Gap alert – when aspiration and reality diverge
So there are clear differences in perception here. It is something that we called a ‘gap alert’ in our study. We show the discrepancy between what customers want and what companies present. In this example, the gap alert is: the potential of sustainable financial products is wasted. The willingness to pay more for sustainable solutions is there, but the opportunity to explicitly address these customer wishes and in turn gain potential new customers is being skipped.
How can companies change this? Sustainability must be used as a sales tactic. The crux of the issue is that financial service providers are still securing competitive advantages in the market currently. In the future, various EU-wide regulations will increasingly determine how sustainable measures are handled. This means that the current activities lose their unique selling point.
Customer communications is also of great importance. Fewer than one in five (17 per cent) of customers would switch from paper-based to digital communications. However, only 5 per cent of the companies specifically approach their customers about this switch. Even if these figures only represent a small part of the respondents, potential to save costs and act more sustainably is definitely being wasted here.
The younger the target group, the higher the online use
Let us now look at the online and offline behaviour of customers and companies. My guess – and I am sure one or two of you know this already – is: that people often search for financial services or insurance offers online. After all, this is the quickest way for me to get information from different providers. Once you have found the right offer, you can sign the contract in a branch office. Many prefer the personal exchange and direct contact with actual people whom they have already met personally. That is the assumption, but what do our respondents say?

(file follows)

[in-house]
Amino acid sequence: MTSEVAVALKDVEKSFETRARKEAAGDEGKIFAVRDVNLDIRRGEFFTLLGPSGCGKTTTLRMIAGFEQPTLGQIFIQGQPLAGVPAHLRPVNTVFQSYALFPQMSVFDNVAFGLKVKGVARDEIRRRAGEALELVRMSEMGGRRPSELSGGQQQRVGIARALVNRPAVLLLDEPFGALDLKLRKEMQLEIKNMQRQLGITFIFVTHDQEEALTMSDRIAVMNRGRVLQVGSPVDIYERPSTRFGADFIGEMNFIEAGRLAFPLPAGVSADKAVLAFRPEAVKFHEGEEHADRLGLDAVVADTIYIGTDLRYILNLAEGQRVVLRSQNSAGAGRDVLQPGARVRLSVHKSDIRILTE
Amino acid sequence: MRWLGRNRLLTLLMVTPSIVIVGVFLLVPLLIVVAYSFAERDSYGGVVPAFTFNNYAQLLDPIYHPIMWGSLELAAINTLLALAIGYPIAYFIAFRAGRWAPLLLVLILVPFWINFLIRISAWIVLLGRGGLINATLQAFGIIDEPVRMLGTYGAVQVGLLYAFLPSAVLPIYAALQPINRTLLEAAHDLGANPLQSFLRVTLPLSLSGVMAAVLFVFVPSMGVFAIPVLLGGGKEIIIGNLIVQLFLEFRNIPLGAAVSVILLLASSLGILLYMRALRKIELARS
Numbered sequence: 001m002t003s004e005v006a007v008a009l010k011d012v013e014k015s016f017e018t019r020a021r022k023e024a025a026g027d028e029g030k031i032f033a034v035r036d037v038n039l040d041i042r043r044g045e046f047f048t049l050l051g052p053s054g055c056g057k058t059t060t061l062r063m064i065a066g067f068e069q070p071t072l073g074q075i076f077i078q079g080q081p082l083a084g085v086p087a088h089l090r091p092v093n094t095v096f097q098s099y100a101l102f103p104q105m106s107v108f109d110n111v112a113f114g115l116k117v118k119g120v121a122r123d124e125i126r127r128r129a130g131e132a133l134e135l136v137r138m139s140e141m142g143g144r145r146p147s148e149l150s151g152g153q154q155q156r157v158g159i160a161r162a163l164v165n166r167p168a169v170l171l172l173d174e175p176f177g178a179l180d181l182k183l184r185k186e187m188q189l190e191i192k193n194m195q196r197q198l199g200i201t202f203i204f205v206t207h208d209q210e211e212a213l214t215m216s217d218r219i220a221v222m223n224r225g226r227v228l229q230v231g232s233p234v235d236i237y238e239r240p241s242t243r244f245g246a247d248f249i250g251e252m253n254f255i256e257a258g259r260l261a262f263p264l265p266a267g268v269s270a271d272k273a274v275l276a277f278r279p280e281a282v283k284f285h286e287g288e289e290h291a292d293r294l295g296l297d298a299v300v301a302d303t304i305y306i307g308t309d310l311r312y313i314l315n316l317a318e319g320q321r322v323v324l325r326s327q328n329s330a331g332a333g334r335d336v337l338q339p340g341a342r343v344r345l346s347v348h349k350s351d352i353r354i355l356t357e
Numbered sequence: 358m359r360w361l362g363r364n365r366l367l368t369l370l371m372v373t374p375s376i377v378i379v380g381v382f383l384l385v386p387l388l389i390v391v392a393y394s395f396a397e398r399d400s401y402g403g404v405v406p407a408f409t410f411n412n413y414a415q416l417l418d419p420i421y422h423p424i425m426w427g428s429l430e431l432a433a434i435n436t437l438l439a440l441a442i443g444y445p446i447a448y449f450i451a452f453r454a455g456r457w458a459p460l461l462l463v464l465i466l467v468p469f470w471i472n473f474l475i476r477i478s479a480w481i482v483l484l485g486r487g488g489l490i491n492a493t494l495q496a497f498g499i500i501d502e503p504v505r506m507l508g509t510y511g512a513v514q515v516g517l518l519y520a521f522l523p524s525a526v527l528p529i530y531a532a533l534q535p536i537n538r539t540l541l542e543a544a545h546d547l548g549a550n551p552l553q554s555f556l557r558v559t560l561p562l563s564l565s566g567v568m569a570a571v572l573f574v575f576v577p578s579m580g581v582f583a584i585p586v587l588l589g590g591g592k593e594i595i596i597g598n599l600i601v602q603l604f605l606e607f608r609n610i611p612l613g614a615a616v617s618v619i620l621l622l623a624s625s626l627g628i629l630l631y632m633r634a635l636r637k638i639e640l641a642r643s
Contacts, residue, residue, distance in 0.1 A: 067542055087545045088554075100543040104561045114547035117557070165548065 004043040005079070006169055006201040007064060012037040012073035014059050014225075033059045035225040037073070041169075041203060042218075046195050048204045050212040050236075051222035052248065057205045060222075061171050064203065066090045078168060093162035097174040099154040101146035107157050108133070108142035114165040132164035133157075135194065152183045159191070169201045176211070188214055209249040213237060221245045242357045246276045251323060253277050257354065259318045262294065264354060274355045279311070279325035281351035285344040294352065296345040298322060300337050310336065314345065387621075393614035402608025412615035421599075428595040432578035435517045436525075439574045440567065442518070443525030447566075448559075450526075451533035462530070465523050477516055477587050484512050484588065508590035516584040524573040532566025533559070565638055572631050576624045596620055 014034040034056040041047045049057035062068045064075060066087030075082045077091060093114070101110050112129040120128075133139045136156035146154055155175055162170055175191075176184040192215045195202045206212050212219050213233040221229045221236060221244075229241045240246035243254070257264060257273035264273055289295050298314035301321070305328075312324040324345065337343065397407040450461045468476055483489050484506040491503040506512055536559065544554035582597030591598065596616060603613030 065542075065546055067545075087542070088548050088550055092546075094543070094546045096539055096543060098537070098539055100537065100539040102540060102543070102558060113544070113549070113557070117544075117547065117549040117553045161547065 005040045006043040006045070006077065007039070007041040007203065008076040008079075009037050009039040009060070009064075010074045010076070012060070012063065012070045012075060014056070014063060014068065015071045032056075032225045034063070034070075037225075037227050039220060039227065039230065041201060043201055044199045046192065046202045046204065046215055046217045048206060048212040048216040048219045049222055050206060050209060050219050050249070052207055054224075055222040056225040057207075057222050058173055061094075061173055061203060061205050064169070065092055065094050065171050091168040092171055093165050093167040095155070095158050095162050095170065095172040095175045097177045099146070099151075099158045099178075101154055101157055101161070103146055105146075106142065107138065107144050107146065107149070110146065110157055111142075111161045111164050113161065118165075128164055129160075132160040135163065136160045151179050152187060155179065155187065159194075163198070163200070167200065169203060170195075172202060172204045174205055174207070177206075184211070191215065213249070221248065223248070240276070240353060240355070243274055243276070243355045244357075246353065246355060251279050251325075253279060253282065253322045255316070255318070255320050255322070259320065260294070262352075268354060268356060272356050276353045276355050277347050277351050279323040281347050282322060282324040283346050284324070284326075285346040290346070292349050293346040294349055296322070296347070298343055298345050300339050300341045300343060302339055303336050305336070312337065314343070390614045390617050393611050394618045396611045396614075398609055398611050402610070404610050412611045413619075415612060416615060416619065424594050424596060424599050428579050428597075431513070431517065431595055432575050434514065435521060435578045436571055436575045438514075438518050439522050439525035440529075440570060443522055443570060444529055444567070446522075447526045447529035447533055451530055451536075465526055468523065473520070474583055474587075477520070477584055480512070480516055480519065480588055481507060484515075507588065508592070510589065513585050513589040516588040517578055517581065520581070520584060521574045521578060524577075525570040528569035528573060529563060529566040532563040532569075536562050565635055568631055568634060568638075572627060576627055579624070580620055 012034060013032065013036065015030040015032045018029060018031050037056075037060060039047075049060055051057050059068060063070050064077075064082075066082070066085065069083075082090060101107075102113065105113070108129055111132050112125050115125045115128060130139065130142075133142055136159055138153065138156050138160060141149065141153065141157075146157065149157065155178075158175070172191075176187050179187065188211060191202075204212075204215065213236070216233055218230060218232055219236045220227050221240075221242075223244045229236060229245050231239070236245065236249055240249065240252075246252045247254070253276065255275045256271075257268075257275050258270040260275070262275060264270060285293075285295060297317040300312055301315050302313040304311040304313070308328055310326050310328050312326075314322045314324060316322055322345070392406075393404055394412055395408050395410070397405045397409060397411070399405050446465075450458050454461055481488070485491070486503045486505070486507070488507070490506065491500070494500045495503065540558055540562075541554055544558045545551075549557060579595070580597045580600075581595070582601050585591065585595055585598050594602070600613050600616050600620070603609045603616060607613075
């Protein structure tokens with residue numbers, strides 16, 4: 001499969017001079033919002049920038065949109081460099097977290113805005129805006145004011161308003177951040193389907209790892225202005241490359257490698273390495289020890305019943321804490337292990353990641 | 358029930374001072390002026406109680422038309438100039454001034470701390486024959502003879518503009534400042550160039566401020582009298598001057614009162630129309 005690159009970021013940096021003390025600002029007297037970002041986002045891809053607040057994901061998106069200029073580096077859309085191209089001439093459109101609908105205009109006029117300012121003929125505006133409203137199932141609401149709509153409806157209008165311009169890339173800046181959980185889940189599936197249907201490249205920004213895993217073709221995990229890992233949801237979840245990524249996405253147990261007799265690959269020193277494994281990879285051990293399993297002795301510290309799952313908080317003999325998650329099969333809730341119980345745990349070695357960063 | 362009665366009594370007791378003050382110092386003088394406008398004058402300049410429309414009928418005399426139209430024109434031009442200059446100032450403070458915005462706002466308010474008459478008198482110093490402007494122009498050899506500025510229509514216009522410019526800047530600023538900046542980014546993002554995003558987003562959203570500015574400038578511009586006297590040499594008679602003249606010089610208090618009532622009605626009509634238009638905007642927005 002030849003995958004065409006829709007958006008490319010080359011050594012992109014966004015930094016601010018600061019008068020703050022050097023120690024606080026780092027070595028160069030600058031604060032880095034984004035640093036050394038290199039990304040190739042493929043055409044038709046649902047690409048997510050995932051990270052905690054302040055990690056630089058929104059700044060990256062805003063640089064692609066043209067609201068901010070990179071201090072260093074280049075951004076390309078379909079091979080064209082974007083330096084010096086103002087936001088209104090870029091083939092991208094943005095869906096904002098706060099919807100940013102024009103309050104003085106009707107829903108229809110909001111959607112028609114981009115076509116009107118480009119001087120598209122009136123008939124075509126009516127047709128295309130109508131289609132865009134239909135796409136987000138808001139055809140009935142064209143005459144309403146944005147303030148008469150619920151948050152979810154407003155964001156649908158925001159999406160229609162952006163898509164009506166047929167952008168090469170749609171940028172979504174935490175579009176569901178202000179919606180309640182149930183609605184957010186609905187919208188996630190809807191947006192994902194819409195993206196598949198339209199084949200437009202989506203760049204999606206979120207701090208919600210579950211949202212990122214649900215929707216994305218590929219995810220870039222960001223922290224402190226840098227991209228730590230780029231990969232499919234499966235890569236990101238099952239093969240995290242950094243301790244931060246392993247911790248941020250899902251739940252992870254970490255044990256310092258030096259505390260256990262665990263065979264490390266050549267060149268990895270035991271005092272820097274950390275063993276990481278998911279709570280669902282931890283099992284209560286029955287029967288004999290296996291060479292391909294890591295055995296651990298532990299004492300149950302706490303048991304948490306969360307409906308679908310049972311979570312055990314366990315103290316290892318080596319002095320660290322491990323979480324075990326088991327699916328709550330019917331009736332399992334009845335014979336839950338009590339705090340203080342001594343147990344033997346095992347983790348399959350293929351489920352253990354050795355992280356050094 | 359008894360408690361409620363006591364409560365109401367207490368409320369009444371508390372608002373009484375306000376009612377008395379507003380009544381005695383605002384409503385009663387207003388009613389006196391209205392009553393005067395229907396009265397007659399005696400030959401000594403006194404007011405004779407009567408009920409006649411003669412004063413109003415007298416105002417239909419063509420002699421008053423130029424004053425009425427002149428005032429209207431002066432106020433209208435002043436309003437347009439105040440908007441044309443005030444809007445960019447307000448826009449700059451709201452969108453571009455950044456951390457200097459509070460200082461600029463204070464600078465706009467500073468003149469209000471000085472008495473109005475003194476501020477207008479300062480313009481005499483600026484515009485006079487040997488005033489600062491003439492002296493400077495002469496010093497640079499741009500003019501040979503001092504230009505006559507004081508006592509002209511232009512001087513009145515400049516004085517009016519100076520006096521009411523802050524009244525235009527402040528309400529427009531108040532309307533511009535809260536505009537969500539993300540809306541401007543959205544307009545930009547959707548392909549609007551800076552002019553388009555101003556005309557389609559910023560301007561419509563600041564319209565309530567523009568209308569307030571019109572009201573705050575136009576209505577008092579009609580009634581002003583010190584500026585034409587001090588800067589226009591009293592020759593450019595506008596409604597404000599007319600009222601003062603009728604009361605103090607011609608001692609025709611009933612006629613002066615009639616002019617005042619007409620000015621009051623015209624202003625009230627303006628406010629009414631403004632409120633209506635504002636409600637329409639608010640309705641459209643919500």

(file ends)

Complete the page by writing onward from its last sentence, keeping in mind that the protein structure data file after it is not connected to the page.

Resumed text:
Fewer than one in three (60 per cent) takes out insurance policies online, and at least one in two (50 per cent) opens accounts online. In addition to personal preference, age plays a role when it comes to the question of online or offline. People aged 44 and younger, in particular, use digital sales solutions such as provider websites, comparison portals or online banking more often than the local branch office. On the other hand, the bank’s branch office is the most popular source of information among respondents aged 55 and older (40 per cent) and only one in five among those between the ages of 18 and 44.
Usability of websites: banks perform better than insurance providers
If more people inform themselves online about financial services or insurance products, websites should be designed in a more user-friendly manner. Three figures show one thing: there is still room for improvement for insurance providers.
- 46 per cent of respondents say they have no problems navigating their insurance provider’s website
- 47 per cent find the website clear and well-structured
- 34 per cent can use their insurance provider’s website well on their smartphone
Banks score better on these aspects.
- 65 per cent say they can easily navigate their bank’s website